Monday, October 25, 2010

Hey, big spender ... and other World Series musings

I've got a lot of disconnected thoughts about the upcoming World Series, so I thought I'd throw a few of them together here.

But these aren't all of my Series thoughts. I have at least two other posts prepared concerning the Rangers v. Giants. Fortunately, Major League Baseball isn't in any kind of hurry to get the World Series started, so I can get all the posts finished before the thing starts. (Here's a plus for you, Fox. You may not have gotten New York vs. Philadelphia, but at least it's not going to snow on your broadcast).

First off, even though I am a Giants hater and I want that team to die an ugly four-game death while clueless San Francisco fans puzzle over how Aubrey Huff couldn't lead them to a championship, I am enormously pleased about this matchup in one aspect.

It kills the notion that money can buy a title. Money can buy a title sometimes. But not all the time. Yet, people are always ragging on baseball because teams like the Yankees and ... well, hell, no other team is even in the same spending league as the Yankees ... throw unspeakable amounts of money at players and mourn how no one else is ever going to win a title.

Well, Rays fans, your team has managed to get the best of the Yankees two out of the last three years. And, if I remember correctly, middle-market teams like the White Sox and Cardinals have won Series titles recently. The Rockies got to the Series three years ago. The Rays two years ago. The Marlins won the whole thing in '03. The Angels and Giants played in '02.

So, yes, there is inequity and some things need to be adjusted, but I'm getting sick of the Chicken Little shit. Rangers and Giants, I thank you from the bottom of my heart for your accomplishment. You have shown that money is part of the equation, but talent and the ability to perform as a team are just as important. Once again, don't confuse this sport with basketball. One multi-talented, filthy rich player isn't going to win the thing for their team every time. Not in baseball.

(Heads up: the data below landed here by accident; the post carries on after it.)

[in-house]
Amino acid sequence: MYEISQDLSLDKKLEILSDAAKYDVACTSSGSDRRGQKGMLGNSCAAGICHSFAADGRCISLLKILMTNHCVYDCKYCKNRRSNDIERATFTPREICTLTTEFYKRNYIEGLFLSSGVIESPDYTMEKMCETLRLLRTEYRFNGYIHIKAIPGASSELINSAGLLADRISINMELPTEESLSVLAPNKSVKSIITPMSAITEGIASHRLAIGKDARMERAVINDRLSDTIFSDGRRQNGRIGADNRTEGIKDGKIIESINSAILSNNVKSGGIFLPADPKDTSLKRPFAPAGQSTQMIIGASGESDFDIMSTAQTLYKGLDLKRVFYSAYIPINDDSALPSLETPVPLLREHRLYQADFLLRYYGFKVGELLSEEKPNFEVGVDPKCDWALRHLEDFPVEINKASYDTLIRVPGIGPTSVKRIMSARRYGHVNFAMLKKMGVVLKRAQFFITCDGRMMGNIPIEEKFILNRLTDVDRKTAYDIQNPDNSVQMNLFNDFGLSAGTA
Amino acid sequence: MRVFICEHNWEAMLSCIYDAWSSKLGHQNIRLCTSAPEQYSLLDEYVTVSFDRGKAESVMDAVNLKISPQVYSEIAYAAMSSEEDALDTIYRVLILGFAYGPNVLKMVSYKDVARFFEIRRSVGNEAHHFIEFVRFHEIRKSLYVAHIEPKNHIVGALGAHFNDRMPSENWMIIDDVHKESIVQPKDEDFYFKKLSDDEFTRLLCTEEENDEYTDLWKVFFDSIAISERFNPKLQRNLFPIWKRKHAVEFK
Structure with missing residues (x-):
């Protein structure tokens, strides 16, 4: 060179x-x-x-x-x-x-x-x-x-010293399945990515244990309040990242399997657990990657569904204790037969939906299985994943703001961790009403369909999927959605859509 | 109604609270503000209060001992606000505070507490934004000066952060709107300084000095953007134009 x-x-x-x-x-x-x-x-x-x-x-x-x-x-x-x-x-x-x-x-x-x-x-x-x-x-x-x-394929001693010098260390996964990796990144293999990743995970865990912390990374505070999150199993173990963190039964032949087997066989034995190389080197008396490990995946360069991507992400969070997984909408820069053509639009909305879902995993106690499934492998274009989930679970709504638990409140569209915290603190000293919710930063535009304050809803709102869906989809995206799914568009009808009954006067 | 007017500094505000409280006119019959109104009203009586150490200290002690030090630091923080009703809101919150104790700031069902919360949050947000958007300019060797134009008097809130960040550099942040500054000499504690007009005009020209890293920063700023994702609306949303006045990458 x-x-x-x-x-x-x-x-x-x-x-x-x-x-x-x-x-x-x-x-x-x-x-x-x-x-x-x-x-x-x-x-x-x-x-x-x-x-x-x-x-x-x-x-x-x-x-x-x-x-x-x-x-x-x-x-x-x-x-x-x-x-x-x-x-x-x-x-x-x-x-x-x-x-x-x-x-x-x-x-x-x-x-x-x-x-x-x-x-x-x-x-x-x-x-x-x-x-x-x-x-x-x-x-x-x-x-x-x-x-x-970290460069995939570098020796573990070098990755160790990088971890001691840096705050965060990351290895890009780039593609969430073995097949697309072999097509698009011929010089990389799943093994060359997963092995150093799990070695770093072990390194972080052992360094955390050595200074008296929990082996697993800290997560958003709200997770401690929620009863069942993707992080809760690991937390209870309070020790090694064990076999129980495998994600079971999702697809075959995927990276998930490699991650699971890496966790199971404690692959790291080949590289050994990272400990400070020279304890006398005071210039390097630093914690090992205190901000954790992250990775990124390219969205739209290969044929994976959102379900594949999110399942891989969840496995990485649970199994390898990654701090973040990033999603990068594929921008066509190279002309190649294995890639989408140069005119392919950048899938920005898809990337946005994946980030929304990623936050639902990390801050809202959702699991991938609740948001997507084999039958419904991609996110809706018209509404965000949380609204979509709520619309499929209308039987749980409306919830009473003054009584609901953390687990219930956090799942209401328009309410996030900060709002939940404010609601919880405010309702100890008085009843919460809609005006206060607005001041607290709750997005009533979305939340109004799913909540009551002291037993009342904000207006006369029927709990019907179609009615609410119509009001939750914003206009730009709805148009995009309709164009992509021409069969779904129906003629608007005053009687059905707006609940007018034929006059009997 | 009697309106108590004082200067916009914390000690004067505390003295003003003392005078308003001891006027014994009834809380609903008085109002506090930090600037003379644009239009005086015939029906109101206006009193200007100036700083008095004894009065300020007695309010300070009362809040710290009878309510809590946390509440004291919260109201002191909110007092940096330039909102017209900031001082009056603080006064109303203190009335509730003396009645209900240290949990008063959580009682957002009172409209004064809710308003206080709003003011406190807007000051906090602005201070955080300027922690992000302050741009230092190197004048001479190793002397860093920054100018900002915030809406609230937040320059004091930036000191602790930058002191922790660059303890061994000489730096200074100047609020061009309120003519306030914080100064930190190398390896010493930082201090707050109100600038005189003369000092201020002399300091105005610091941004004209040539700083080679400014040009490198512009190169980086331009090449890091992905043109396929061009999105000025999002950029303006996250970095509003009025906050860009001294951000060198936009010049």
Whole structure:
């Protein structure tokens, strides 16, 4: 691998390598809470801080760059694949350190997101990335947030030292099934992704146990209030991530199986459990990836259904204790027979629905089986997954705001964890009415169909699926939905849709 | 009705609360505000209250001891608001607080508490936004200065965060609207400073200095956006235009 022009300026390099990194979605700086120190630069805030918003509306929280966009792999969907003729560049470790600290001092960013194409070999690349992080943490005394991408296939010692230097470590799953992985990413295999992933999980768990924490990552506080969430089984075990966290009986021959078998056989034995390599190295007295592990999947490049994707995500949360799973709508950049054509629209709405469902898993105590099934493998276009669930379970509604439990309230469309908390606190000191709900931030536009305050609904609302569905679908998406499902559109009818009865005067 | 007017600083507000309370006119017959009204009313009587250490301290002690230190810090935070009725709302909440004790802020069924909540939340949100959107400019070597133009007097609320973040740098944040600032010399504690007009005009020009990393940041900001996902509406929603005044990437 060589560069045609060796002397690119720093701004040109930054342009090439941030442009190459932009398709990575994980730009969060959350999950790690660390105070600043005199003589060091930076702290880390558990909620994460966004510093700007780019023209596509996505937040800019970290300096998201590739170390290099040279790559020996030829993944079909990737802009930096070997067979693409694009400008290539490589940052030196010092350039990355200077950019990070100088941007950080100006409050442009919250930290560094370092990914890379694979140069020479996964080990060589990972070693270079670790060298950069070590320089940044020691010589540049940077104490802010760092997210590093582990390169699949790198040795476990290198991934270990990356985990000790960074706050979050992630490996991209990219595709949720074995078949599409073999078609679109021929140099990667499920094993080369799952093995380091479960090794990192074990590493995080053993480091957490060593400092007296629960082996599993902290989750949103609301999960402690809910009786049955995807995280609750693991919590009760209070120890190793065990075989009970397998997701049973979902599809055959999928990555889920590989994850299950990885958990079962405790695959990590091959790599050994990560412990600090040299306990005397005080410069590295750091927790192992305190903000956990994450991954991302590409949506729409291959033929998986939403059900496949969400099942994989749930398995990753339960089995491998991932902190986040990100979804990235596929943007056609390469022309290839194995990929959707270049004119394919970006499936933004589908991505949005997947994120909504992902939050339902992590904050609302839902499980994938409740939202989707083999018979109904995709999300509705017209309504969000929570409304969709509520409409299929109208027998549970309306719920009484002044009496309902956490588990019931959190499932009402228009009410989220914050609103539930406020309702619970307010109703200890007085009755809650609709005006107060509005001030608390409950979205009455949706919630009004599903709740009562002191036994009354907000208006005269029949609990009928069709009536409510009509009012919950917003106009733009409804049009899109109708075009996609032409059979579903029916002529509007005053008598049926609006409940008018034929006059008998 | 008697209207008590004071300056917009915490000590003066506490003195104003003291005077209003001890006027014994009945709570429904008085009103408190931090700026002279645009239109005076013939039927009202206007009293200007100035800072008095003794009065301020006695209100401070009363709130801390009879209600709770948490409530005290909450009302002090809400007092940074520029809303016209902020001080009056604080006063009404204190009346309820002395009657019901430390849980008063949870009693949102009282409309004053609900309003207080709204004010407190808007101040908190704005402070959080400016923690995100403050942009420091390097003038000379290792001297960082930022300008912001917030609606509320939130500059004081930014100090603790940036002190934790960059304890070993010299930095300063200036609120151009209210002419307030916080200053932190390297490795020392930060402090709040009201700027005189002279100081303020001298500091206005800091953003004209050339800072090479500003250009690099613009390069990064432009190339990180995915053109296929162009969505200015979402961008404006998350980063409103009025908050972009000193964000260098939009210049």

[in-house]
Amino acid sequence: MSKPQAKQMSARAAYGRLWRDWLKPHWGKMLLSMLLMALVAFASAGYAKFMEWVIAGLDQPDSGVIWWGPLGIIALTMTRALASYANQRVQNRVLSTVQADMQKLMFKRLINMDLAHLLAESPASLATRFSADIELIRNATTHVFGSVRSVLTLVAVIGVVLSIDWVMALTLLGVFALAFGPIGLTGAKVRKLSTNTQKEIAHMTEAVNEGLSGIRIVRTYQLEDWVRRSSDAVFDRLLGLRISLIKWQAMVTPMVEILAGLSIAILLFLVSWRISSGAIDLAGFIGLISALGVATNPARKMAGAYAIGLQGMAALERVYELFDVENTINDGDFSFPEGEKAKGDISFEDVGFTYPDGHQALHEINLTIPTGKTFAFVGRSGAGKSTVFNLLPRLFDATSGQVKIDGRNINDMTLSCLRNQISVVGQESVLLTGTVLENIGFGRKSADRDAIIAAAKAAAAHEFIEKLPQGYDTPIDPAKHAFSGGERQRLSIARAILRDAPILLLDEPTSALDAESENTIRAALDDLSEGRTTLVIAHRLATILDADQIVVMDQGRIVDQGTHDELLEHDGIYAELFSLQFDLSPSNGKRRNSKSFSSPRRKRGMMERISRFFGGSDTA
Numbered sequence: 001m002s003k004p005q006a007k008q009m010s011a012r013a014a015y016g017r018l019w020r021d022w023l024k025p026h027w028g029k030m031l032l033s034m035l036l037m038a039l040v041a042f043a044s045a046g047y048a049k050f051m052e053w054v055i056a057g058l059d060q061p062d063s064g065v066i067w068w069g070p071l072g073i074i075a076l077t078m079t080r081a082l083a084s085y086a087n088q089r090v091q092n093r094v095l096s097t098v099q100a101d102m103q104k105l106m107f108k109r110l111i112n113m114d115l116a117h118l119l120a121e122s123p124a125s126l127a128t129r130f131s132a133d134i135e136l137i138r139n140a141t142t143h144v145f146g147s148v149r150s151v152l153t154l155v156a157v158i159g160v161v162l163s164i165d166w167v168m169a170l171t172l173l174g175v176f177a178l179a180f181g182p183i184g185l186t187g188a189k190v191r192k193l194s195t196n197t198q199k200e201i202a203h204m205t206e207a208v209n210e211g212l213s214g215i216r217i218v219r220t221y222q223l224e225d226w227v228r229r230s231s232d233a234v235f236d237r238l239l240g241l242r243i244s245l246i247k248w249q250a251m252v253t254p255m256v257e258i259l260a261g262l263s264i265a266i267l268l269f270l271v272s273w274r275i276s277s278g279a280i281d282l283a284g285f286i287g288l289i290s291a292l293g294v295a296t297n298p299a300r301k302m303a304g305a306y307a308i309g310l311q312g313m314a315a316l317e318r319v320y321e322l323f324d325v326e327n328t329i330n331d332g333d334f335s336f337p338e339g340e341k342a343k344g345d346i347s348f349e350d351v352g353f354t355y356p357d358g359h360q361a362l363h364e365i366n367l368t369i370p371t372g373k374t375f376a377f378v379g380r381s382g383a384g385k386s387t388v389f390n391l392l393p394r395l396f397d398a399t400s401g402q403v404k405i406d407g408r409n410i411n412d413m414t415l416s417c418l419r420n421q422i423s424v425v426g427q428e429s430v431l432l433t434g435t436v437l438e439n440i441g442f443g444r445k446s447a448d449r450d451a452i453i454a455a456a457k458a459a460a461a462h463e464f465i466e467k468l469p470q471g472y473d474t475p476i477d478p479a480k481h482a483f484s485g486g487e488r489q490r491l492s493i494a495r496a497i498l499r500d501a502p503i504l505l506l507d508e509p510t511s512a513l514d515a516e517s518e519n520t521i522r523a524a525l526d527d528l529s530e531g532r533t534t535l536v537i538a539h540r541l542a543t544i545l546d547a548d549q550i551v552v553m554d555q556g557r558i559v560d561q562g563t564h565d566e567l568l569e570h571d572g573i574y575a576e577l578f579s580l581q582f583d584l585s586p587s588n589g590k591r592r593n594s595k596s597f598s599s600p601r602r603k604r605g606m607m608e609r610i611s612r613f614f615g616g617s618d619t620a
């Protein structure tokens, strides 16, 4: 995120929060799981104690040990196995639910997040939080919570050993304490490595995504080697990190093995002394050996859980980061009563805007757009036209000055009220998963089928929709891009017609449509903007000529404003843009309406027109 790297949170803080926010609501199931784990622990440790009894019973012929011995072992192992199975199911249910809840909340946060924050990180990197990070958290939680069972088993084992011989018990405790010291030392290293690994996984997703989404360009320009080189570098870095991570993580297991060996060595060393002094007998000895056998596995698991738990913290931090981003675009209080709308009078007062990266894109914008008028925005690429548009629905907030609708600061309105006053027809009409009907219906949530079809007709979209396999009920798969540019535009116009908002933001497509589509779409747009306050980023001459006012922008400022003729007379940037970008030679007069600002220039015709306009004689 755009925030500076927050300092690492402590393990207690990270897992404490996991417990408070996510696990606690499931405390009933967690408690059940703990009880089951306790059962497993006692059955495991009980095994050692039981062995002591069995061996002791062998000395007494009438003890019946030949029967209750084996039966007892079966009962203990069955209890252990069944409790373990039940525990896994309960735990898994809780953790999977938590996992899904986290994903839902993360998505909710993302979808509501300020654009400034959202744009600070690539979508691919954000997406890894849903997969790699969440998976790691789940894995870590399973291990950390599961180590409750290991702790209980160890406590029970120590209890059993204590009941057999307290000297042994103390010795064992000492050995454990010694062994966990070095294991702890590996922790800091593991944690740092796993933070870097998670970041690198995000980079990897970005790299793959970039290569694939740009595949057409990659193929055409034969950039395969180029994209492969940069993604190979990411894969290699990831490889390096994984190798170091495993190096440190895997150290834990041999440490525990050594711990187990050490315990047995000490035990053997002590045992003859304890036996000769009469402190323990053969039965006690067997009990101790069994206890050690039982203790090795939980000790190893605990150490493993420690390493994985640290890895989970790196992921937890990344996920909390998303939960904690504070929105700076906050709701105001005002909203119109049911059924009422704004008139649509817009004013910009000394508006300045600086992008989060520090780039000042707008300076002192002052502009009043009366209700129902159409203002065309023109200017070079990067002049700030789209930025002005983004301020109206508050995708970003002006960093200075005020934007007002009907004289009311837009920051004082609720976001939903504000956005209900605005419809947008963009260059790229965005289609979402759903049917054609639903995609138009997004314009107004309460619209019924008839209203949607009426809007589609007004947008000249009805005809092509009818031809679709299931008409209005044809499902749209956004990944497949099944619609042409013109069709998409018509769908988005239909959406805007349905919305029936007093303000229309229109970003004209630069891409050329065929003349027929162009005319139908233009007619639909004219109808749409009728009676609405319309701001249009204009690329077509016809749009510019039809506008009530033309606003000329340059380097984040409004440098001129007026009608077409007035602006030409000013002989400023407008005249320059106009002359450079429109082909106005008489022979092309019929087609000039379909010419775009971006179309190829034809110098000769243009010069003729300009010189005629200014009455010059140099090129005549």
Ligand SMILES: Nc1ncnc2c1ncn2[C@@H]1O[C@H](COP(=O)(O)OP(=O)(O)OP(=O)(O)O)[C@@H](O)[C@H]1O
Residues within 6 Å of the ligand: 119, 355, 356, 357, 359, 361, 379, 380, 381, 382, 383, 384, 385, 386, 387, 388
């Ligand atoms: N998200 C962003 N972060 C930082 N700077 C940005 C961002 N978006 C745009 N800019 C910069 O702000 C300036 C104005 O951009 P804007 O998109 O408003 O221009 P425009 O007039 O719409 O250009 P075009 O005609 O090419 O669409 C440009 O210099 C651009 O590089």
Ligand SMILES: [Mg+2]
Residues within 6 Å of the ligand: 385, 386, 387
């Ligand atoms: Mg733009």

The Phillies are starting to get like the Yankees in the player acquisition category, so maybe this will be a lesson to them, too. Roy Halladay can't play every day. And he can't hit either.

This Series will also provide a wider audience for players on teams that I rarely get to see. Buster Posey has been a mild eye-opener for me, even as I'm tired of Buck and McCarver fawning over him already. There are other players, like Neftali Feliz, who are a joy to watch just because I NEVER get to see those players during the regular season.

Lastly, this matchup shuts out the two most obnoxious groups of baseball fans in the country. A lot of ill-behaved Yankees and Phillies fans may be satisfied with their behavior, but really it's nothing to write home about. (And another thing -- get the fans away the field of play. You want replay to determine whether a fan interfered with the ball? How about just making it so they can't interfere with the ball? Problem solved, geniuses).

So, thank goodness, those slobbering jerks aren't involved.  (Yes, I'm aware there are jerks in every ballpark, it just seems that N.Y. and Philly are so proud of their jerks).

As annoying as the other end of the spectrum is -- clueless pom-pon and hanky waving by people who don't even know what a balk is -- I can deal with that.

OK, enough crabbing, here are some of the things that I find interesting about the Series. Maybe Fox can use some of this stuff to attract some viewers.

I'm sure you probably saw this story already, But Bengie Molina may be the most fortunate player in the entire Series. He's going to get a World Series ring no matter what. He played for both the Giants and Rangers this year.

Molina is one of those players who interests me every year at this time. As I have mentioned each year since the blog started, I like to find out which players were traded away from teams within a year before that team won the World Series.